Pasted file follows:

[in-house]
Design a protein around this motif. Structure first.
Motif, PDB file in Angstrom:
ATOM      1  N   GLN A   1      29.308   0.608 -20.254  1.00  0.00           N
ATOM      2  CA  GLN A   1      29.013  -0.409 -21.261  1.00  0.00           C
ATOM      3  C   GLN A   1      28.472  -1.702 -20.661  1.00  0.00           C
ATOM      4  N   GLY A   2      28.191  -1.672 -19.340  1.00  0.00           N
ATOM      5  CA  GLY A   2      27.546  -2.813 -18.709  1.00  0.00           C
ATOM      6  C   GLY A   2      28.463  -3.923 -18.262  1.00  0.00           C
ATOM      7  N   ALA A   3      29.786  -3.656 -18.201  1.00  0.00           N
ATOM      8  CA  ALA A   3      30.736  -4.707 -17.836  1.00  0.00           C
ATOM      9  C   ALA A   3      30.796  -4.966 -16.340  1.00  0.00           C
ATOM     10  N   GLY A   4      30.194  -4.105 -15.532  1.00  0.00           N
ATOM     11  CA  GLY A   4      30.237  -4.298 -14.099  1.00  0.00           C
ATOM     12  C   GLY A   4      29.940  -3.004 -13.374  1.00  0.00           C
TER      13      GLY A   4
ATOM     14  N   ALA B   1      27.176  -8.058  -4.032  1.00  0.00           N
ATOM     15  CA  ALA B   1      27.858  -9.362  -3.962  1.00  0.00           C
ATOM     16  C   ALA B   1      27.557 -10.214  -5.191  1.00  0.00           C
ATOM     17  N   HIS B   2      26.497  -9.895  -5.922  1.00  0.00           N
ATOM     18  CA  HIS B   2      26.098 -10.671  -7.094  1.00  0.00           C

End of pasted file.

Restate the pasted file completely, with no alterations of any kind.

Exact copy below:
[in-house]
Design a protein around this motif. Structure first.
Motif, PDB file in Angstrom:
ATOM      1  N   GLN A   1      29.308   0.608 -20.254  1.00  0.00           N
ATOM      2  CA  GLN A   1      29.013  -0.409 -21.261  1.00  0.00           C
ATOM      3  C   GLN A   1      28.472  -1.702 -20.661  1.00  0.00           C
ATOM      4  N   GLY A   2      28.191  -1.672 -19.340  1.00  0.00           N
ATOM      5  CA  GLY A   2      27.546  -2.813 -18.709  1.00  0.00           C
ATOM      6  C   GLY A   2      28.463  -3.923 -18.262  1.00  0.00           C
ATOM      7  N   ALA A   3      29.786  -3.656 -18.201  1.00  0.00           N
ATOM      8  CA  ALA A   3      30.736  -4.707 -17.836  1.00  0.00           C
ATOM      9  C   ALA A   3      30.796  -4.966 -16.340  1.00  0.00           C
ATOM     10  N   GLY A   4      30.194  -4.105 -15.532  1.00  0.00           N
ATOM     11  CA  GLY A   4      30.237  -4.298 -14.099  1.00  0.00           C
ATOM     12  C   GLY A   4      29.940  -3.004 -13.374  1.00  0.00           C
TER      13      GLY A   4
ATOM     14  N   ALA B   1      27.176  -8.058  -4.032  1.00  0.00           N
ATOM     15  CA  ALA B   1      27.858  -9.362  -3.962  1.00  0.00           C
ATOM     16  C   ALA B   1      27.557 -10.214  -5.191  1.00  0.00           C
ATOM     17  N   HIS B   2      26.497  -9.895  -5.922  1.00  0.00           N
ATOM     18  CA  HIS B   2      26.098 -10.671  -7.094  1.00  0.00           C